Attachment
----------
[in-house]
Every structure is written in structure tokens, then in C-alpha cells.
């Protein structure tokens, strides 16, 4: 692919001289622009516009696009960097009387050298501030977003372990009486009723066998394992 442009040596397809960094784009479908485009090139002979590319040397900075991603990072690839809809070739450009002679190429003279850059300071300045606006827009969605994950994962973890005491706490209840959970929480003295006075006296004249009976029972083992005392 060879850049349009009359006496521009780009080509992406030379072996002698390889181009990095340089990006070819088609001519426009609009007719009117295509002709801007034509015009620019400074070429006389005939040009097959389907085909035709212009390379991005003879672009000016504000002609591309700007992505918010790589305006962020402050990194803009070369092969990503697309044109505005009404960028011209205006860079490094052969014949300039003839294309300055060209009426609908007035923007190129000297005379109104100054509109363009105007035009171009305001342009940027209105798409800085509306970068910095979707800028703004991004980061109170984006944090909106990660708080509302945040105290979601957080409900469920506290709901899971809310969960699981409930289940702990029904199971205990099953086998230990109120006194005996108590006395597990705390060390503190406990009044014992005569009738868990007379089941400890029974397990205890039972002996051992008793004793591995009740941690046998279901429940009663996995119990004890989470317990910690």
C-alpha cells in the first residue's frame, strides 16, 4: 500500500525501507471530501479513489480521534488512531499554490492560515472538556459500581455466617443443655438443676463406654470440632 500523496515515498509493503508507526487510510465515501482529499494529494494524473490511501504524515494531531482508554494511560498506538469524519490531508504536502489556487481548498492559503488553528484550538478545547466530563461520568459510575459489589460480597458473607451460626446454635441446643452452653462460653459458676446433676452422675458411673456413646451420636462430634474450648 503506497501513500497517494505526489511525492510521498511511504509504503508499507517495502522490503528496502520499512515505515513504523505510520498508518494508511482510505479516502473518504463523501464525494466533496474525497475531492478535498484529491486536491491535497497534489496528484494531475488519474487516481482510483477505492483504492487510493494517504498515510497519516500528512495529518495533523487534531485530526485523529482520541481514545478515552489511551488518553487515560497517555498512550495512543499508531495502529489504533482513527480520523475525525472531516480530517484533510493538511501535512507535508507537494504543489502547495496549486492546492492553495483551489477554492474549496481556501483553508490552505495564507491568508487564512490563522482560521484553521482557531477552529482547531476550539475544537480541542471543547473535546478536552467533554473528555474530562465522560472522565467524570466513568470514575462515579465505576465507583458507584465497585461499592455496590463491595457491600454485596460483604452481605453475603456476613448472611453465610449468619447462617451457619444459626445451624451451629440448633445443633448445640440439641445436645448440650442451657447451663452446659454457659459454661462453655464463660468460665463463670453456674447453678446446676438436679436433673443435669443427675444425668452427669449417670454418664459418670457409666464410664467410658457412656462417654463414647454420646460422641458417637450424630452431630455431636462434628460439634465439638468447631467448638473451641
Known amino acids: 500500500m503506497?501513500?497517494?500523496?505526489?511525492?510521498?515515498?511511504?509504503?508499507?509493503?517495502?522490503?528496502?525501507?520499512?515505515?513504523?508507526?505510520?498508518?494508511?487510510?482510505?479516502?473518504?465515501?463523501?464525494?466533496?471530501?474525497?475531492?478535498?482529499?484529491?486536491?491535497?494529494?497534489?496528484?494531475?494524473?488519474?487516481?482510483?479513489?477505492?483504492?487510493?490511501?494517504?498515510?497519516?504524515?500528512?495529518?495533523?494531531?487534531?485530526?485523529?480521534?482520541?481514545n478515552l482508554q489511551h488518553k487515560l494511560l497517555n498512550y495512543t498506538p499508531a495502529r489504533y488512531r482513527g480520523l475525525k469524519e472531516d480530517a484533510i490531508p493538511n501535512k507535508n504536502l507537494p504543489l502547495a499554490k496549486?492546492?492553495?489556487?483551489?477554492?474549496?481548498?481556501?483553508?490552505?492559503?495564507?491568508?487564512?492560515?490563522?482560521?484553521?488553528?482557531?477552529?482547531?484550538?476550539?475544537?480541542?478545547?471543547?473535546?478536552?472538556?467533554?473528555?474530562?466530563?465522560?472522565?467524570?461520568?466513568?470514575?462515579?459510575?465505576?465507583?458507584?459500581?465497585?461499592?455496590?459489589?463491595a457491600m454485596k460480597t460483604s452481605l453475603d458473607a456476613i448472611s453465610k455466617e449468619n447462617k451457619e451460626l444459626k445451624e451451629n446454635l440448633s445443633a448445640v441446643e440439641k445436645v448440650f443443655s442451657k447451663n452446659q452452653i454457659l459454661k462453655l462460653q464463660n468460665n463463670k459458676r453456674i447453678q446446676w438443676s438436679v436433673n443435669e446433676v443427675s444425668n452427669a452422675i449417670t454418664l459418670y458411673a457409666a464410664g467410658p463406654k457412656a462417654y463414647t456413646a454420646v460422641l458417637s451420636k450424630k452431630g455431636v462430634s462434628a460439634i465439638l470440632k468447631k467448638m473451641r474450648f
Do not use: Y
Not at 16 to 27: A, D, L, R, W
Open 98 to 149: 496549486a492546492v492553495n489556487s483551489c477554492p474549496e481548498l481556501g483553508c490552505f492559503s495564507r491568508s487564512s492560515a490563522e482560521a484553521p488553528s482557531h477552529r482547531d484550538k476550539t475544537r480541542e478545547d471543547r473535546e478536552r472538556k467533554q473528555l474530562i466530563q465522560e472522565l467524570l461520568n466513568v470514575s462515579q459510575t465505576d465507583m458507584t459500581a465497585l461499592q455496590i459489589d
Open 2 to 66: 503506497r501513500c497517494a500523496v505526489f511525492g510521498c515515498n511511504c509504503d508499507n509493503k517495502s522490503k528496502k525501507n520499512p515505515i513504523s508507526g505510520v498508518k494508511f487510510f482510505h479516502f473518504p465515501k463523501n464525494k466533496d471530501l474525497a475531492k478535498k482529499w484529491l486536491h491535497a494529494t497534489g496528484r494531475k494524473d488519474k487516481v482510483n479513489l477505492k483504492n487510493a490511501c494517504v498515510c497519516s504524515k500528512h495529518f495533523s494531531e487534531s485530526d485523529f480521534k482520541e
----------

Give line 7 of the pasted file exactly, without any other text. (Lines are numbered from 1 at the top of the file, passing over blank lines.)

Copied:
Not at 16 to 27: A, D, L, R, W